Wednesday, 15 June 2016

More Splendid Sampler blocks.

I've completed two more blocks from the Splendid Sampler QAL.

# 32 The Constant Needle

This block, by Laurie Simpson, was a fairly straightforward applique block.  I used Bondaweb to stick the shapes onto the backing fabric and then used the blanket stitch on my sewing machine to finish it off.

#35 The Wishful Garden

The designer of this block, Kristyne Czepuryk, meant for the cross pieces to be strips of hand embroidered flowers but I've just used strips cut from my French General collection. I've been wanting to use this Fleur de Lys fabric for some time but it doesn't seem to fit well being cut up into small pieces and joined back together again.  This block is perfect for it, though.

Sunday, 5 June 2016

Catching Up!

It's ages since I last posted, April actually and now we're in June.  My elderly father's been ill and spent a couple of weeks in hospital and since then I've been having to go into Winchester every day, sometimes twice in a day, to take care of him. He is very much weaker, and more frail, than he used to be, and it is taking him a long time to recover, but I think he is, at last, getting stronger. Today is the first day that I haven't gone in to see him but I telephoned and he said my brother went this morning so not to bother going in.  It has given me a bit of a break as I've also been working the last few weeks.  I invigilate exams at the local sixth-form college so between that, seeing to Dad and my usual doggie day-care for my daughter I haven't had a lot of time to myself.  Oh, I nearly forgot; the grandchildren were on half-term last week and I was called upon a few times to look after them.  That isn't a chore, by the way, but it does curtail the time to do things for myself.

Looking back, I'm actually amazed at how much I have actually achieved.  I've managed nine blocks for my Splendid Sampler.  I've been catching ten minutes here and five minutes there.  I know that one block took me a week to do and I must have spent about about two dozen short sessions doing it. The embroidered one took me over a week to sew, mainly during the evenings.  So here they all are.

# 17 Family Stars

 I simplified this one by doing all of the star points in one colour.  This meant that I could make the Flying Geese units using the no-waste 4 at-a-time method.

#18 Lina's Gift

This basket block looks a bit plain compared to some of the others but I think it will be a bit of resting space for the eyes when it is sewn in with all of the others.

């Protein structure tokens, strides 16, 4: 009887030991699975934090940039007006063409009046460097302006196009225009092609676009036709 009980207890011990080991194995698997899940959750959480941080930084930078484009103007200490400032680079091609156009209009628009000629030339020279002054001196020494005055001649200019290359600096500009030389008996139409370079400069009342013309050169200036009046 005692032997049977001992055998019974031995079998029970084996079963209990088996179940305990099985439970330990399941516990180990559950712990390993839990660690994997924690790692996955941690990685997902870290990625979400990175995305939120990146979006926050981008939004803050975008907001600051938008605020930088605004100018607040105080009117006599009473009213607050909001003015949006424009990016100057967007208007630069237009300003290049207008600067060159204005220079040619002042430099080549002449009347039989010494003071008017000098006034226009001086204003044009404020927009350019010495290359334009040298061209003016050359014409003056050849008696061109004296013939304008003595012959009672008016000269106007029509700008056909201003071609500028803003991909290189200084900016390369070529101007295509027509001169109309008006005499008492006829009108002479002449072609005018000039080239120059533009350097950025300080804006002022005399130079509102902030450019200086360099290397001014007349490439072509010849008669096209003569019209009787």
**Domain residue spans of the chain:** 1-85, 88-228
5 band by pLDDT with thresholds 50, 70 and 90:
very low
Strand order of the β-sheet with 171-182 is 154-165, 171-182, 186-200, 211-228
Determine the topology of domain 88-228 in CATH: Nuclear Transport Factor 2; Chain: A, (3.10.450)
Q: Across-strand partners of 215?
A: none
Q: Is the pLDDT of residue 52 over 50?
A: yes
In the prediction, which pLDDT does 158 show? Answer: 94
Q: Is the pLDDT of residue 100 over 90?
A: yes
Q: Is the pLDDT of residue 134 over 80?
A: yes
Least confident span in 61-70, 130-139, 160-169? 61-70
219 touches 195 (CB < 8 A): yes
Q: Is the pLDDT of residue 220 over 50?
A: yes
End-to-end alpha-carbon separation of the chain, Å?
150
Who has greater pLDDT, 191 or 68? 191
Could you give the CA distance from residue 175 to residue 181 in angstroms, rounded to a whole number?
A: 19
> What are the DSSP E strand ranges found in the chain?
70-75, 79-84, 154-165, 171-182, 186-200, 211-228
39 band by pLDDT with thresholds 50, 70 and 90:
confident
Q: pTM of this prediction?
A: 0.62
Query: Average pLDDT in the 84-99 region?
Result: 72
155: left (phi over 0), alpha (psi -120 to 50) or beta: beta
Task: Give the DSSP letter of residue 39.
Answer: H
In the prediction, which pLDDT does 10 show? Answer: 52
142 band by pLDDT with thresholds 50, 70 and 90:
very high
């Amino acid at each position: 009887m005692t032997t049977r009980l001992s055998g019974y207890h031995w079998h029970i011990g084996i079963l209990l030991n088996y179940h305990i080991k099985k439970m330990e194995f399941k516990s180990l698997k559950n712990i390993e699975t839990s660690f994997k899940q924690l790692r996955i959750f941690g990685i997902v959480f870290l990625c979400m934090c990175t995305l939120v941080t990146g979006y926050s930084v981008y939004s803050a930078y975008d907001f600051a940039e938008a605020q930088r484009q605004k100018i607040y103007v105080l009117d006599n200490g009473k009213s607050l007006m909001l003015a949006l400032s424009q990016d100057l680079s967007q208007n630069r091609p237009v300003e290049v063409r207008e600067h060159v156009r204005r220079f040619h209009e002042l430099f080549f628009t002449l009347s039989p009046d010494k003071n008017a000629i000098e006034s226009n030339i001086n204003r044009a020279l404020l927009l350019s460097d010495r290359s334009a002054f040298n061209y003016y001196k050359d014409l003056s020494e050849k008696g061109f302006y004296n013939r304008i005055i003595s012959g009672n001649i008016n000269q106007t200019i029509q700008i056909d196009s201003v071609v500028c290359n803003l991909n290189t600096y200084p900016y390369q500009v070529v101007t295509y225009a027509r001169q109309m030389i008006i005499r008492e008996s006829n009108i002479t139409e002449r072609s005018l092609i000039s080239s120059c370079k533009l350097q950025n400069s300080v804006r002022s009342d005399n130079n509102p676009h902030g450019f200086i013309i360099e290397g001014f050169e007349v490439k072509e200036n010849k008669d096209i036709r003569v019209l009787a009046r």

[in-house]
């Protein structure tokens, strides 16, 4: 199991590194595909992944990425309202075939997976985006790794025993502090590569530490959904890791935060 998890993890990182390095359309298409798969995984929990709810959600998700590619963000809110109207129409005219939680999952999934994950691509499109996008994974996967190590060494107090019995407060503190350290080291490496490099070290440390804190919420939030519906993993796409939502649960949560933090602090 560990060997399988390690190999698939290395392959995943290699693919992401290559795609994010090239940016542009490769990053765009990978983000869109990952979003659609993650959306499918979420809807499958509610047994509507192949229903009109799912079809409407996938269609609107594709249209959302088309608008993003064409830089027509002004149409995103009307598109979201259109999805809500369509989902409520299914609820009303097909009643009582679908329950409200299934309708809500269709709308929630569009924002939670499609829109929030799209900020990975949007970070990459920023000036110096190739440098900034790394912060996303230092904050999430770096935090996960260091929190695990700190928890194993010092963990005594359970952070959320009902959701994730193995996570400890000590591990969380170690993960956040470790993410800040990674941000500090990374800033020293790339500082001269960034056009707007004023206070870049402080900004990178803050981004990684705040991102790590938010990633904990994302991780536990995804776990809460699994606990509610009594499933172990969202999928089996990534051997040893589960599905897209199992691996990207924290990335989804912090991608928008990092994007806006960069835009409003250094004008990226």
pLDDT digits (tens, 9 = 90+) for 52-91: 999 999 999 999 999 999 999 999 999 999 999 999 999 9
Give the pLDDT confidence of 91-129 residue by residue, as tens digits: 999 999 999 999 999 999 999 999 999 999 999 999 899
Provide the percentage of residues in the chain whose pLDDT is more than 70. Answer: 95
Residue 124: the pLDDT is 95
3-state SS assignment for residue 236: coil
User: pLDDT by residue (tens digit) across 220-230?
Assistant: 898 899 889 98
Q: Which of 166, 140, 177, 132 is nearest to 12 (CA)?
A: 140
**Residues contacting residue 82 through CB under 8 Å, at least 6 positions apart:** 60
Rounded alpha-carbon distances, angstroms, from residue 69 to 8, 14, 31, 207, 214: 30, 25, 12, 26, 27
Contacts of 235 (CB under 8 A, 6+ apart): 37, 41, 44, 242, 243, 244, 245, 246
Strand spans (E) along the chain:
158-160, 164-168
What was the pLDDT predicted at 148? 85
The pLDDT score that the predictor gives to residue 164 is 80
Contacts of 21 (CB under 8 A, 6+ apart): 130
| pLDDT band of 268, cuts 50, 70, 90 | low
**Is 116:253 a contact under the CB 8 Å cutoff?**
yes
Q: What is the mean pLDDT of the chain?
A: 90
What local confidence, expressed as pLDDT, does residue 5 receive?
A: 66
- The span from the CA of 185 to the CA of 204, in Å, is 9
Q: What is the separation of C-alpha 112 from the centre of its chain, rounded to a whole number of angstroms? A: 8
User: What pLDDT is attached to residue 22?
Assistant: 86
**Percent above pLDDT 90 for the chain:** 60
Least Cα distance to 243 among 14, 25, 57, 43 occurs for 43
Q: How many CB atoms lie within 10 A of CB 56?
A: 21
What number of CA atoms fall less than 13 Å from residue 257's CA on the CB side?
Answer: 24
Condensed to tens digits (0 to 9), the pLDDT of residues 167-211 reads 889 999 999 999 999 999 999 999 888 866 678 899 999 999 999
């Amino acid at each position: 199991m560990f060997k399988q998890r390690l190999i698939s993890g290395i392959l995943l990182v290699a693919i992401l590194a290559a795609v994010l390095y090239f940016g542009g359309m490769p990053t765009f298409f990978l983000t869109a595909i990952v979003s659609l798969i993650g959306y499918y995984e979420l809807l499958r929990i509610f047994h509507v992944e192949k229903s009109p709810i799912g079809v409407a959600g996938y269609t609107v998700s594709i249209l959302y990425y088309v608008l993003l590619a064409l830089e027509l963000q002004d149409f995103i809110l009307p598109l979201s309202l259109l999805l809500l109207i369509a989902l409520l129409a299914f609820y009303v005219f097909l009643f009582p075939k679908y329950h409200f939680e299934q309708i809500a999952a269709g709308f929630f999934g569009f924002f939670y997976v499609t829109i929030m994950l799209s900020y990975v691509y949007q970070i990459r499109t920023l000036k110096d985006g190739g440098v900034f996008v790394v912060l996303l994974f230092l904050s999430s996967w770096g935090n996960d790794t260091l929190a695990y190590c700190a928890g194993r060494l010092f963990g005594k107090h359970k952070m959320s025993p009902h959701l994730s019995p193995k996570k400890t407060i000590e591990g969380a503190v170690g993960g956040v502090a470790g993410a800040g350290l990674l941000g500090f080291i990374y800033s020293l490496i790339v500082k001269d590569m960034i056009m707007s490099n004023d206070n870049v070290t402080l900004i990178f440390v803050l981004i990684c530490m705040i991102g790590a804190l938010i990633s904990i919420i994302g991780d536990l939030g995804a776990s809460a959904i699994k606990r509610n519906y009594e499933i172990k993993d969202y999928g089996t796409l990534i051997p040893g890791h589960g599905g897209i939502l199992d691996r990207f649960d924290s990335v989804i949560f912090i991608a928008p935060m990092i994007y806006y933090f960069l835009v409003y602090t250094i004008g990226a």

#20 Nature's Walk

This one is so cute.  I've kept the embroidery as simple redwork as it will go with the previous embroidered block.  I've a feeling there might be more of these embroidered blocks so I'll keep them all in the same style.

#21 Sweet Candy


A super simple one that didn't tax my brain too much although I did agonise over choosing the fabrics to use.

#22 Goose on the Loose


This one was foundation paper-pieced.  I've only ever used this method of construction since I started this Sampler so I was a bit wary but I'm so pleased with how it's turned out.  Such perfect points in each quadrant.  It did create a fair bit of waste, though.

#23 Hand in Hand

This one had a really intriguing way of creating those long triangular shapes which was really super easy to construct.  It did involve making a template but it came together in a unique way and is rather pleasing.

#24 Inspector Sidekick


The pattern for this one used half square triangles but I decided to use Flying Geese units so that I could fussy cut those Fleur de Lys and make it quite symmetrical.  I also decided to use my new-found skill of paper-piecing and drafted out my own patterns to use for those units.

#30 Simple Surprises


After the last three time consuming blocks it was a relief to make this one.

#33 Selvedge Saver


I've been saving my selvedges for some time now so I was pleased when this block showed up today.  I've only used my French General edges as that is the fabric line I am using for this QAL.  I made this by starting in the bottom corner and using a few dots of basting glue to stick the first strip to a 7" paper square.  I continued sticking strips on top, working back up to the top corner.  When the paper was covered I then stitched close to each edge.  Some of the selvedge edges have a fringed edging so I've left them lying on the top.  I quite like it.

I've missed out quite a few blocks, about 10 I think as well as a few of the bonus blocks.  These are mainly applique blocks or complicated paper-piecing ones and I might come back to them when I have more time on my hands.